Cornerback Eli Apple says it was a "no-brainer," to return to Cincinnati and on a day filled with roster moves and free-agent strategy the Bengals surprised no one when reports surfaced Thursday night that former Cowboys right tackle La'el Collins is due at Paul Brown Stadium for a visit in the wake of his release from Dallas.
Earlier reports Thursday said Apple agreed to a one-year, $4 million deal in a reunion with the team that revived his career last season. Also expected to sign a one-year deal, reportedly, is Falcons tight end Hayden Hurst.
The Bengals don't announce deals until they are signed.
While Collins gets to know the Bengals Friday, Cincinnati gets to know his potential starting mates on the right side of the line when free-agent right guard Alex Cappa and center Ted Karras are expected to be introduced at a PBS news conference.
Working on his fourth team since the Giants took him with the 10th pick in the 2016 draft, Apple started all but one game for a defense that carried the Bengals through the playoffs into Super Bowl LVI. Circle Apple's tackle of the Chiefs' slippery Tyreek Hill on the Bengals 1 as time ran out in the first half as the turning point of the AFC championship game. And, of course, the week before that there was his tipped ball that ended up in an interception with 20 seconds left that led to the division round win in Tennnessee.
The Rams beat them in the big game two weeks later and then during their victory parade declared they'll run it back for another title in 2022. On Thursday night, Apple said he hoped to do the same thing.
Except with a different ending.
"All during the season I was just thinking about what a special team I was just blessed to be a part of," said Apple, who signed a one-year with the Bengals 51 weeks ago after playing just two games with the Panthers in 2020. "It was really a no brainer for me to come back. I wanted to play with those guys again. I want to run it back with that same group and just do it again. But just finish the way you want to.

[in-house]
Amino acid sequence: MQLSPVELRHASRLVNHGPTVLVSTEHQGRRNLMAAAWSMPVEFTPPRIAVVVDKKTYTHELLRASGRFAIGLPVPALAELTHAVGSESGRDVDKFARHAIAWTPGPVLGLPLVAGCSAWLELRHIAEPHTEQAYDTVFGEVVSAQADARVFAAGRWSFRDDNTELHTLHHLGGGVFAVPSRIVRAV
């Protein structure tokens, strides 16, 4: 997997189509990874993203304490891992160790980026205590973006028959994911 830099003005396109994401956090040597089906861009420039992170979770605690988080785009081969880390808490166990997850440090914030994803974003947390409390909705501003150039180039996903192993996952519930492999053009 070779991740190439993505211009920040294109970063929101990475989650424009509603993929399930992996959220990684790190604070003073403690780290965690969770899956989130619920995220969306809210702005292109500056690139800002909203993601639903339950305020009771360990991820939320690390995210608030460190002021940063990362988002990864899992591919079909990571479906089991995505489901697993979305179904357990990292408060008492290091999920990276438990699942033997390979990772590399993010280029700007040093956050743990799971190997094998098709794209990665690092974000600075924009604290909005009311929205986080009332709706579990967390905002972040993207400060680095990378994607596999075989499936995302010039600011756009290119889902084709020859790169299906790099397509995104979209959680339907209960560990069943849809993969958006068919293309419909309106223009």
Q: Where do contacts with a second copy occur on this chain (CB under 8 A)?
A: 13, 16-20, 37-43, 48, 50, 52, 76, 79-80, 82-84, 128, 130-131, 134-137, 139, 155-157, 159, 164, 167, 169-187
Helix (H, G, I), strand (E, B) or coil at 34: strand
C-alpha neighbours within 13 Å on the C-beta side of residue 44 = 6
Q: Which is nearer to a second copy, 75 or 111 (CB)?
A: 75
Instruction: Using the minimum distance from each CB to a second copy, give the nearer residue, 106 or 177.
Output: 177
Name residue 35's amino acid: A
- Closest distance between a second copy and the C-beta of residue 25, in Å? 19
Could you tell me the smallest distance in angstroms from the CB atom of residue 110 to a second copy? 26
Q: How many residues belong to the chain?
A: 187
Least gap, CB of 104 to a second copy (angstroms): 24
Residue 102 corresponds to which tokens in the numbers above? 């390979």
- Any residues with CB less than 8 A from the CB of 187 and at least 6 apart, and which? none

"The motivation is always the Super Bowl. Being plays away from winning one, it has everyone extra motivated as a team to do everything the right way. To work smarter and better and improve in every area. That's my mindset. Improve in every way I can to get this team back into that position."
Apple isn't hiding from those plays. Like the last play. He's not ducking. He's not alibiing. None of this, "I haven't looked at the film yet."
"I couldn't wait. I was like, 'I have to see this,'" Apple said. "I thought I knew what I did and I did."
The Bengals defense that had been so good in the postseason and so good in the first 54 minutes of the Super Bowl watched the Rams wake up on a 79-yard play drive in 4:48. The last play, with the Bengals 85 seconds from the title, was quarterback Matthew Stafford's perfectly-placed shot-put back-shoulder throw from the one-yard line to Super Bowl MVP Cooper Kupp beating Apple.
"It was a good throw and catch by two pretty good players," Apple said. "I wish I could have got hands on at the line, not open my hips, lock my hips … A split second. Just enough separation … Technical stuff like that. I could have played the ball better. Changed the game. Possibly won it."
Apple's honest about this, too. It's not something you forget. You put it away and move on, but you never lose it.
"Any football player in that moment, the lights, that big of a stage, stuff like that you don't ever forget,' Apple said. "You can say you do, whatever you want to say. But you're always thinking what you could have done better. That's just the nature of being a competitor. To me, it's in the past and I use it for fuel for the next game. You can't get too far ahead. It's about the next game and I'm going to use it to get better for the next game."
Apple says there's no doubt in his mind the Bengals can keep what he calls "the magic," rolling into this season.
"Let's do it. It was a whole lot of fun, for sure," Apple said. "We've got the talent, we've got the coaches."
One Bengals coach in particular figures to be at the center of the Collins visit. As the Cowboys offensive line coach from 2015-17, Bengals current offensive line coach Frank Pollack groomed Collins from an undrafted rookie left guard to a formidable starting right tackle.
Collins missed all of 2020 with a hip injury and last year got embroiled in a drug testing dispute with the NFL that he vehemently fought. If he's looking for a change of scenery, Cincinnati has been a bountiful spot for such players and Peter Schaffer, his agent, knows it.
Schaffer, best known in Cincy these days as Bengals running back Joe Mixon's agent, shepherded Adam Jones' stirring NFL comeback that resulted in a memorable eight-year, 100-game career with the Bengals.